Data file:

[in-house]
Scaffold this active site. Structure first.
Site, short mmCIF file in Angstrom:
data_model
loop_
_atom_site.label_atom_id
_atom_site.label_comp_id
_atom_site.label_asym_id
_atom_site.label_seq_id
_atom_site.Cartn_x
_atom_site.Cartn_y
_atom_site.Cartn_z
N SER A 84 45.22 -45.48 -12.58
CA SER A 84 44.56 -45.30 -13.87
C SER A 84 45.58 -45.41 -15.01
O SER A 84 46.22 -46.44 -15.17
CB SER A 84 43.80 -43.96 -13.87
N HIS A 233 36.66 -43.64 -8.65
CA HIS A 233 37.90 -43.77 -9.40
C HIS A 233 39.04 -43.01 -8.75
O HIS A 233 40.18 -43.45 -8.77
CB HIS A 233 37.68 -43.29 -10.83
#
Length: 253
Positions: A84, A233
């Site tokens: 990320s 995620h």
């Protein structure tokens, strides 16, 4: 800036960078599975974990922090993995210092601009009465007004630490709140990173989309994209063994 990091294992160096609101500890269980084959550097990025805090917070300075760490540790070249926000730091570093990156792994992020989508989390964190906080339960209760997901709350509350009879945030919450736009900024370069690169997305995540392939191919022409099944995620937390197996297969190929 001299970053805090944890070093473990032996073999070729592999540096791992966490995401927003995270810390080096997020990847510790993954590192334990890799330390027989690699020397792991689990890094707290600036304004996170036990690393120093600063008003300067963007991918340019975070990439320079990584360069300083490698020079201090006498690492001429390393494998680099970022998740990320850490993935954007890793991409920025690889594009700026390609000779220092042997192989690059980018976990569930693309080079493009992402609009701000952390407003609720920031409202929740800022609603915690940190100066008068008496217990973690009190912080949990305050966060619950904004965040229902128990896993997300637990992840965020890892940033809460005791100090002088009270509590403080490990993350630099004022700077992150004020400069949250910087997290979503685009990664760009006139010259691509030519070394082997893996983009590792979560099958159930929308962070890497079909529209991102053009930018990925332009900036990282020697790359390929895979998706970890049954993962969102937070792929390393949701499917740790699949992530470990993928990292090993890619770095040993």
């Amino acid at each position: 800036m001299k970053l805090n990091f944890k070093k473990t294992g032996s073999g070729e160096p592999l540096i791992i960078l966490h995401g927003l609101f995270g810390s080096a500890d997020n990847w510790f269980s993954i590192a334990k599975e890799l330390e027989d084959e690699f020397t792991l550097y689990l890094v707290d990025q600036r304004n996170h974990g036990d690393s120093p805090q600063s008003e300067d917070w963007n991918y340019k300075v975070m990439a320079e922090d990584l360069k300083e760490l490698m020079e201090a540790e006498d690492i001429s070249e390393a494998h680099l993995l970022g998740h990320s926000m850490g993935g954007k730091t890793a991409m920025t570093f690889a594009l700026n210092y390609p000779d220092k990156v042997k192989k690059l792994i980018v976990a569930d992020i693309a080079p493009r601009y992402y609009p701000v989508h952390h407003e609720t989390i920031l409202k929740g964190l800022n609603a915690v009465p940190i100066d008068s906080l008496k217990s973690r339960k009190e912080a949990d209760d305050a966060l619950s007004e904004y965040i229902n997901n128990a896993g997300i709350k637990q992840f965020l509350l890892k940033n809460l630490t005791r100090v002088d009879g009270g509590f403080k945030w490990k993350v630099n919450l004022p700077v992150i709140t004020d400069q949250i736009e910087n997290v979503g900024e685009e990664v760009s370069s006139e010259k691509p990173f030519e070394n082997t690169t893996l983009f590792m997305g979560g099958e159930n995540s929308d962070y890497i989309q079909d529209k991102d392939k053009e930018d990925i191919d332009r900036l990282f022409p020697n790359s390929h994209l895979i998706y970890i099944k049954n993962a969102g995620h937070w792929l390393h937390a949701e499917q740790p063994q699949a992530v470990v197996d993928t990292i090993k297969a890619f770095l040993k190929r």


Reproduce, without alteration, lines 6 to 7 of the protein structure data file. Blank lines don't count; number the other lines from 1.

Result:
_atom_site.label_atom_id
_atom_site.label_comp_id